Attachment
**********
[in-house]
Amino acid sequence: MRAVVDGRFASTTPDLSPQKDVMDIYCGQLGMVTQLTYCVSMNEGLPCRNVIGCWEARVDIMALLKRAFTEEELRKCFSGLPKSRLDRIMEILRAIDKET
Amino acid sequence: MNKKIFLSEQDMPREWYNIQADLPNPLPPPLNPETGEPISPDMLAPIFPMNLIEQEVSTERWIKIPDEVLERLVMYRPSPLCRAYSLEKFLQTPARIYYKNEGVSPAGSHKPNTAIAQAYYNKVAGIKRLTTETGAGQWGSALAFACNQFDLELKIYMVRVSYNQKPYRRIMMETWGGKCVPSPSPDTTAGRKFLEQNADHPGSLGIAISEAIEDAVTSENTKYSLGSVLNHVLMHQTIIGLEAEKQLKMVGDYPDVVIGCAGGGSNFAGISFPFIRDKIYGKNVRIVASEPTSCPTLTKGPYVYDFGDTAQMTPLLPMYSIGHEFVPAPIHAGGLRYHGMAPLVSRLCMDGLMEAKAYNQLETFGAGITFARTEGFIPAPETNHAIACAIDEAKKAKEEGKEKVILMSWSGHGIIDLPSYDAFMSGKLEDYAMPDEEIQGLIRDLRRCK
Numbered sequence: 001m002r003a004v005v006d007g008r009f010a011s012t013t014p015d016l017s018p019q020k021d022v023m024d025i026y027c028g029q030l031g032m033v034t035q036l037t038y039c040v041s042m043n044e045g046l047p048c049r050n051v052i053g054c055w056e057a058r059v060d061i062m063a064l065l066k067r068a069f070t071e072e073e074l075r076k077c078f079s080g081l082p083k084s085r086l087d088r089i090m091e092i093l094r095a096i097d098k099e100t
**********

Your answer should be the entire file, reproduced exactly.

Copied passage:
[in-house]
Amino acid sequence: MRAVVDGRFASTTPDLSPQKDVMDIYCGQLGMVTQLTYCVSMNEGLPCRNVIGCWEARVDIMALLKRAFTEEELRKCFSGLPKSRLDRIMEILRAIDKET
Amino acid sequence: MNKKIFLSEQDMPREWYNIQADLPNPLPPPLNPETGEPISPDMLAPIFPMNLIEQEVSTERWIKIPDEVLERLVMYRPSPLCRAYSLEKFLQTPARIYYKNEGVSPAGSHKPNTAIAQAYYNKVAGIKRLTTETGAGQWGSALAFACNQFDLELKIYMVRVSYNQKPYRRIMMETWGGKCVPSPSPDTTAGRKFLEQNADHPGSLGIAISEAIEDAVTSENTKYSLGSVLNHVLMHQTIIGLEAEKQLKMVGDYPDVVIGCAGGGSNFAGISFPFIRDKIYGKNVRIVASEPTSCPTLTKGPYVYDFGDTAQMTPLLPMYSIGHEFVPAPIHAGGLRYHGMAPLVSRLCMDGLMEAKAYNQLETFGAGITFARTEGFIPAPETNHAIACAIDEAKKAKEEGKEKVILMSWSGHGIIDLPSYDAFMSGKLEDYAMPDEEIQGLIRDLRRCK
Numbered sequence: 001m002r003a004v005v006d007g008r009f010a011s012t013t014p015d016l017s018p019q020k021d022v023m024d025i026y027c028g029q030l031g032m033v034t035q036l037t038y039c040v041s042m043n044e045g046l047p048c049r050n051v052i053g054c055w056e057a058r059v060d061i062m063a064l065l066k067r068a069f070t071e072e073e074l075r076k077c078f079s080g081l082p083k084s085r086l087d088r089i090m091e092i093l094r095a096i097d098k099e100t